“I vow that never henceforth
Disgrace, reproof, lawless affections, threats,
Or what can be suggested 'gainst our marriage,
Shall cause me falsify that bridal oath
That binds me thine. And, Winnifred, whenever
The wanton heat of youth, by subtle baits
Of beauty, or what woman's art can practise,
Draw me from only loving thee, let Heaven
Inflict upon my life some fearful ruin!
I hope thou dost believe me.”
This is amazing Frank Thorney one of the first characters that I have been introduced to in The Witch of Edmonton has made a powerful declaration, which might seem too powerful. I am greatly impressed that he has the strength to make this comment, for he has promised to the women he loves that nothing will break him from her, and this aids in emphasizing the reality of their love This is a very admirable trait in Thorney. For he knows that he has made a vow of marriage to Winnifride, but he also knows that he is going to face difficulties in the days that are coming since he is going to be separated from the one he loves. From this speech the reader learns a great deal about Frank Thorney like how he wants to be strong but may fail and have inflicted upon his life a “fearful ruin”.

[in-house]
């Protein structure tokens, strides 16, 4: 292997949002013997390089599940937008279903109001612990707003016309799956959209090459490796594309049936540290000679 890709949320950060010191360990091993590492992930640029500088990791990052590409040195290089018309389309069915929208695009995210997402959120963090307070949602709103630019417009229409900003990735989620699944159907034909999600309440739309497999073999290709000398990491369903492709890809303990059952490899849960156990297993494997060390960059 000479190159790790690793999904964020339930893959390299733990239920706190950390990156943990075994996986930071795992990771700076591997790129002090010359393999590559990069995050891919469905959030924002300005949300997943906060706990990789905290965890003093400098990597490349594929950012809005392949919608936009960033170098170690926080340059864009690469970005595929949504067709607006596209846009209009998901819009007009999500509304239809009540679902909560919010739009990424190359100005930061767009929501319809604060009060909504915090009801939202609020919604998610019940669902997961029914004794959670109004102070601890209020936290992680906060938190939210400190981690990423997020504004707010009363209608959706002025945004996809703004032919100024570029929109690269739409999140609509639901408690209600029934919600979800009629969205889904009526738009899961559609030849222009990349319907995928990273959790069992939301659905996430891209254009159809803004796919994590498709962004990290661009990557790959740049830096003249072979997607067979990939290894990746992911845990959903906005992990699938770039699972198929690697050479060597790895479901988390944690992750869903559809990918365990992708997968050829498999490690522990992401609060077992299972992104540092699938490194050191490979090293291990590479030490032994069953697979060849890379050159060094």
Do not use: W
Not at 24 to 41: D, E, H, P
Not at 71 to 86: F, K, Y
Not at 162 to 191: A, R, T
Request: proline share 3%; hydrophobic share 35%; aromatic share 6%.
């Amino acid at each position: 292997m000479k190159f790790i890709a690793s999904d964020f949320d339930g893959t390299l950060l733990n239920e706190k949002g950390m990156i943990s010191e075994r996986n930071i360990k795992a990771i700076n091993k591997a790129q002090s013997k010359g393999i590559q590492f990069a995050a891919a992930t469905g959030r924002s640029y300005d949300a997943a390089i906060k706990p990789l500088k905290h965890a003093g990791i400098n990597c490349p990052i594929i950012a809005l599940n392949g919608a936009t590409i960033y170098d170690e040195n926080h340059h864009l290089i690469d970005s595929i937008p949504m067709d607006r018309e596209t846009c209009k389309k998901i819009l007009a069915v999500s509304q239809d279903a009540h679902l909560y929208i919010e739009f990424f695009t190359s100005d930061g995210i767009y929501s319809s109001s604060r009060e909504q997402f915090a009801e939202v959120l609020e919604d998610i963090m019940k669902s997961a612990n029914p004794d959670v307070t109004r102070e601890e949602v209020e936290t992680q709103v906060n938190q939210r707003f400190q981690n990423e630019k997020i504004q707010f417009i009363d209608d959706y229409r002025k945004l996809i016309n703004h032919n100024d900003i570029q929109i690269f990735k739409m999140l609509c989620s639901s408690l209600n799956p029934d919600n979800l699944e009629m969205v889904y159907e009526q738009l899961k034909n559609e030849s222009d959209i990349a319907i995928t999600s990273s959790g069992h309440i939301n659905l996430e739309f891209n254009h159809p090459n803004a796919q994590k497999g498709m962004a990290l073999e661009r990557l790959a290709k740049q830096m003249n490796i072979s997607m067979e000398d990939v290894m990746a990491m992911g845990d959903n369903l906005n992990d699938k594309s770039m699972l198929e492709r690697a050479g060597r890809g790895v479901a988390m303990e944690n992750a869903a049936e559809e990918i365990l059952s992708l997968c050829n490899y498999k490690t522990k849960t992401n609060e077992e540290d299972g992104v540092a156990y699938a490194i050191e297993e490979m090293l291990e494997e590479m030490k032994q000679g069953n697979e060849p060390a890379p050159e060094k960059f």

This statement in many ways sets Thorney up as our archetypal hero. He has a goal and he realizes that he is going to have to fight to achieve that goal of remaining true to Winnifride. Since we now know that Thorney is going to be our hero we also see that he is going to be the underdog that we root for throughout the play. Yet while I hate to be pessimistic, I feel that Thorney here has set himself up for failure. Because this separation is going to occur and most likely some problem will arise to bring dram into the play. Now one can only hope the “fearful ruin” will not be too severe.